TinyFlux Design Principles

InfluxDB implements optimal design principles for time series data. Some of these design principles have associated tradeoffs in performance. Design principles are discussed below.

Prioritize High-Speed Writes

Time series data is often write-heavy, and in cases when a time series database is used as a real-time data store, the frequency of writes can be quite high. TinyFlux has been designed to minimize any disruptions to writing to disk in a single thread in as fast a manner as possible. To accomplish this, TinyFlux utilizes a default CSV store which supports nearly instantaneous appends, regardless of underlying file size. TinyFlux will also invalidate its index if upon any insert, the timestamp for a Point preceeds that of the most-recent insert. TinyFlux will not attempt to rebuild its index upon invalidation during a write op.

Minimize Memory Footprint

While it would be great if databases could live in memory, this is not a reasonable design choice for everyday users. TinyFlux has been designed to never read the entire contents of its storage into memory unless explicitly asked to do so, and to balance the need for fast querying with a small memory footprint, TinyFlux builds an internal index. This index is generally about 80% smaller than the memory required to hold the entire dataset in memory, and still allows for query performance to equal or surpass that of keeping the database in memory. For removals and updates, TinyFlux still visits all items in storage, but evaluates each item one at a time and writes to temporary storage before finally replacing the original storage with the updated one. TinyFlux also does not rewrite data in time-ascending order, as is the case with InfluxDB, as this would require either the entire dataset to be read into memory, or a computationally expensive eternal merge sort to be executed on disk.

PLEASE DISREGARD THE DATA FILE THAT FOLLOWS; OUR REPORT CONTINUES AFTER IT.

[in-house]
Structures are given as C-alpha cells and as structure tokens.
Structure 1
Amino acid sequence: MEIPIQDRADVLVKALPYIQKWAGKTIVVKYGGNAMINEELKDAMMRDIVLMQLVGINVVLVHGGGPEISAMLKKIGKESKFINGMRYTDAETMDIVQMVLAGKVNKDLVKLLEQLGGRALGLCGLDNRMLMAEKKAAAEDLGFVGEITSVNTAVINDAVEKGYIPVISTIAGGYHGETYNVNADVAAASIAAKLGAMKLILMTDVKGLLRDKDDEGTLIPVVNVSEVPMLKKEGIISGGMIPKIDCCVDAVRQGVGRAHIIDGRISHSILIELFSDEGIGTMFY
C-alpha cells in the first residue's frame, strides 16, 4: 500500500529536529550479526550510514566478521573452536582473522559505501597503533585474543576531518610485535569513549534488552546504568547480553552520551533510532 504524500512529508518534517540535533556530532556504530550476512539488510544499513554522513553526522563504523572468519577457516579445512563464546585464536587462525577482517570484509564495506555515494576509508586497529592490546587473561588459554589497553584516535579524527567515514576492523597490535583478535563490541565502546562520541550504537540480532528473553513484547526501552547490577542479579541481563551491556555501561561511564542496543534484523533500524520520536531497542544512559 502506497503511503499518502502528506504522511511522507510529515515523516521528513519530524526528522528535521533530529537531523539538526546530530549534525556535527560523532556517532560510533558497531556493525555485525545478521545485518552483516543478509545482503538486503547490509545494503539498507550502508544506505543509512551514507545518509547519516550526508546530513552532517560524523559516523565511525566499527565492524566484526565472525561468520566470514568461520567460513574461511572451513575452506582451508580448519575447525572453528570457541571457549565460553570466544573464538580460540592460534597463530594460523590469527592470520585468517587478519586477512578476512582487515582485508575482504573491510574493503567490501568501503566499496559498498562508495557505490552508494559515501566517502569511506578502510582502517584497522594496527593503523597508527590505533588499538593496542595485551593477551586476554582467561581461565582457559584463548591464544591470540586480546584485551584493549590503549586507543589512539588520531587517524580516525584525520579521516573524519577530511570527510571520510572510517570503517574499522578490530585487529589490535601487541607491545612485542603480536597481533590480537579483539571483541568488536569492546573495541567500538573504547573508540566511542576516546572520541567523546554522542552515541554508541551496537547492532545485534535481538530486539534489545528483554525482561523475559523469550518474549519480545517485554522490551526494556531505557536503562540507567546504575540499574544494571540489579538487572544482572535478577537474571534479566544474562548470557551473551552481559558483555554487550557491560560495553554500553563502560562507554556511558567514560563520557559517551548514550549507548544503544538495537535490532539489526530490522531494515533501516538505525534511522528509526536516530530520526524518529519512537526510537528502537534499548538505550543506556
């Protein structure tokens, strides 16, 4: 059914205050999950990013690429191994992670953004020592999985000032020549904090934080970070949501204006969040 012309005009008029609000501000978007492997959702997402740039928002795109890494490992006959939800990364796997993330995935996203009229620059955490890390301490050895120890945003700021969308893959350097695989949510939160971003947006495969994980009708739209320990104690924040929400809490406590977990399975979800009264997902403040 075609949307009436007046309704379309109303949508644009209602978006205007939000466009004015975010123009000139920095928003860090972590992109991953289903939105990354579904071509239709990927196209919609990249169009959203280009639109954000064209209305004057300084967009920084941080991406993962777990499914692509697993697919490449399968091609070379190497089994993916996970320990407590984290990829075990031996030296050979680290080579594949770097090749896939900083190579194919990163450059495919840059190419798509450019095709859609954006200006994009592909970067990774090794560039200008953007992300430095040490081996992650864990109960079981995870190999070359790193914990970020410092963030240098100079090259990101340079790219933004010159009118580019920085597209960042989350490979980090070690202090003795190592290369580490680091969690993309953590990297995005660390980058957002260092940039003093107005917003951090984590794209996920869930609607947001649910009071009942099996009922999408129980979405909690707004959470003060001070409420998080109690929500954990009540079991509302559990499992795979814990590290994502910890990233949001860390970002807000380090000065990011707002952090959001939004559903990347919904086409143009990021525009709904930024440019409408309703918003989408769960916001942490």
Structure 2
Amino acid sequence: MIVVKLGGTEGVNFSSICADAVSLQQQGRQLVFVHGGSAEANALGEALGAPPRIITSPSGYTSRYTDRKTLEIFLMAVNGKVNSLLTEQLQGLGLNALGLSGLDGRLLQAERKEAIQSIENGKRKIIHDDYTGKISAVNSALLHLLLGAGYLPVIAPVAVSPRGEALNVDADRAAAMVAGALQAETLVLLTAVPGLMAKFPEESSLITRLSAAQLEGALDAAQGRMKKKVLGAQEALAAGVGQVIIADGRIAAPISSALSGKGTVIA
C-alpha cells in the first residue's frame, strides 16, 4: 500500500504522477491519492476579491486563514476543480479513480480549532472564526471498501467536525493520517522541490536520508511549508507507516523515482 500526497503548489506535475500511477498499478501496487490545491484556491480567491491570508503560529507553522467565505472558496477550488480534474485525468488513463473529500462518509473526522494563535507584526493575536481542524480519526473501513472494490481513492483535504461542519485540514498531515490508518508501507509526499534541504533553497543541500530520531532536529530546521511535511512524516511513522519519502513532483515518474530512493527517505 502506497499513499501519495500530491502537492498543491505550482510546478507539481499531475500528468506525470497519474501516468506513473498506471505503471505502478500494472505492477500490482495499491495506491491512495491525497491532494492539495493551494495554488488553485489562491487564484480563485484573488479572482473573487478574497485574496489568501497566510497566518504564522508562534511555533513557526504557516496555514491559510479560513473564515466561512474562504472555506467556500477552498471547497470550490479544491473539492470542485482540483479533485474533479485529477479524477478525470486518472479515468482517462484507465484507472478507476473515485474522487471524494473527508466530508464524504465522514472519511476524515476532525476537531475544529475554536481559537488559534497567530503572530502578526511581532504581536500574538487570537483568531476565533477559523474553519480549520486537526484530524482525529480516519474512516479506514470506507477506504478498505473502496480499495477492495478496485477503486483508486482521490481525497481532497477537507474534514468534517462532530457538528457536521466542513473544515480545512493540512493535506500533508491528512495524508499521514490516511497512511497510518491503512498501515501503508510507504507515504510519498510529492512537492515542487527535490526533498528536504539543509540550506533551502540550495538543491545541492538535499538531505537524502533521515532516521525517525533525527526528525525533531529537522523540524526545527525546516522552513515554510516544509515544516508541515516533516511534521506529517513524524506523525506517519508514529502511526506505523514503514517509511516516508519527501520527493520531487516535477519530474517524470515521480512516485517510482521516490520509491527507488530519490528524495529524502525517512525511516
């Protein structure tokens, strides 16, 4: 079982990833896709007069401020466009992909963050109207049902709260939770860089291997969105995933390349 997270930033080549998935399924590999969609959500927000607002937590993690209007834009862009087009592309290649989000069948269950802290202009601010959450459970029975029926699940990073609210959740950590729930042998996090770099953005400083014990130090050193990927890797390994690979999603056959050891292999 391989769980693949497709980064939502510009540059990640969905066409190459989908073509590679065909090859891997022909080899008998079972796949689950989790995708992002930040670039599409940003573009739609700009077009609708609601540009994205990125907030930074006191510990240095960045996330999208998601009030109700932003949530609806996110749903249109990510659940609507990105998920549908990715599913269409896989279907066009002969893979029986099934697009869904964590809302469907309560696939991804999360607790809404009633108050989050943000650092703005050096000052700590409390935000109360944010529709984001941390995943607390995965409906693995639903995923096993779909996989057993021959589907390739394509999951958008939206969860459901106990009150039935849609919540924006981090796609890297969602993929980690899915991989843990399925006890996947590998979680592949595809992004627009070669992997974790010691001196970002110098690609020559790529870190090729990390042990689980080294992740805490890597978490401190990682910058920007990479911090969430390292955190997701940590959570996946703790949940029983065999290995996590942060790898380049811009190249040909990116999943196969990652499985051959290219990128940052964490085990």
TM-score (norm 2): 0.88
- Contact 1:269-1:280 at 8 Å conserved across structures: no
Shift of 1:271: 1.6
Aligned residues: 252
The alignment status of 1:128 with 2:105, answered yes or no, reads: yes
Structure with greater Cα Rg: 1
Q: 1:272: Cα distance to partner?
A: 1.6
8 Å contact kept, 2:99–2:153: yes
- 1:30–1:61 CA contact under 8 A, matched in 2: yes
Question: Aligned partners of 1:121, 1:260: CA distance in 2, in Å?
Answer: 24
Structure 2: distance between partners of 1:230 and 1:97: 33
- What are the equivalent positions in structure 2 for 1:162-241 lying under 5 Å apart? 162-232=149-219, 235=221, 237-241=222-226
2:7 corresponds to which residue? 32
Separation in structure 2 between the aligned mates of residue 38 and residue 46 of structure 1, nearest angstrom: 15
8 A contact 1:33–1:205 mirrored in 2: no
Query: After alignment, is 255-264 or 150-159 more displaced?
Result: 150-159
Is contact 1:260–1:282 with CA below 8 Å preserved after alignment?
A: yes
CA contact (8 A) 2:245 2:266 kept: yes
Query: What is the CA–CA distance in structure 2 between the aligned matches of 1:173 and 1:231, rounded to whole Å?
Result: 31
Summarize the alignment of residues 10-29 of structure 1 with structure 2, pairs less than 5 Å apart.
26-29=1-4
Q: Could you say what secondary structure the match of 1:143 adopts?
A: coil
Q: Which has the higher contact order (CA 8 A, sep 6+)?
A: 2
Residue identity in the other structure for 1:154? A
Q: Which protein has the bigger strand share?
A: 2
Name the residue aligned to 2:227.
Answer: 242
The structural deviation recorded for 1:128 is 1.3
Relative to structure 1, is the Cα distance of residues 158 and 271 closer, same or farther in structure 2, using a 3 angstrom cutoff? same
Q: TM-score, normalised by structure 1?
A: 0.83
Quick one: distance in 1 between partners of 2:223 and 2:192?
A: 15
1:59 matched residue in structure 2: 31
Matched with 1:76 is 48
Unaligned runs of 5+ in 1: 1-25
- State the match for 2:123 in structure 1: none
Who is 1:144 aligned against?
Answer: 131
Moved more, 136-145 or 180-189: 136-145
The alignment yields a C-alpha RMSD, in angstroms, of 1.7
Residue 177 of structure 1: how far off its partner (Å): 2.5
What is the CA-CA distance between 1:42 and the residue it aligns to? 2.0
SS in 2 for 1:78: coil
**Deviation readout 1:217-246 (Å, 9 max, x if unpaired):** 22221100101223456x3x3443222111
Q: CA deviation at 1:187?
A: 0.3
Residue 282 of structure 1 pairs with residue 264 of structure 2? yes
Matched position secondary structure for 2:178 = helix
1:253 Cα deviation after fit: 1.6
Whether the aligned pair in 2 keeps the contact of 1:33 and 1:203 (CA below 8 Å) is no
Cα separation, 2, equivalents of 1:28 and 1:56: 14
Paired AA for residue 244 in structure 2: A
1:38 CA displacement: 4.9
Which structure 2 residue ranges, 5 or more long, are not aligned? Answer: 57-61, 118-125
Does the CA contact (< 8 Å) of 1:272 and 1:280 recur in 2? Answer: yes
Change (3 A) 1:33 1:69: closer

Prioritize Searches for Time

TinyFlux builds an index on time by keeping a sorted container data structure of timestamps in memory, and searches over the index quickly by parsing queries and invoking optimized search algorithms for sorted containers to retrive candidate Points quickly. This reduces potentially slow and exhaustive evaluations significantly.

Schemaless design

Even though row-based data stores like CSV are not thought of as “schemaless”, TinyFlux nonetheless allows for datasets to have flexible schemas so that signals that change over time, or multiple signals from multiple sources, can all occupy space in the same datastore. This allows the user to focus less on database design and more on capturing and analyzing data.

IDs and Duplicates

TinyFlux does not keep IDs as it is assumed data points are unique by their combination of timestamp and tag set. To this end, TinyFlux also does not currently have a mechanism for checking for duplicates. Searches matching duplicate Points will return duplicates.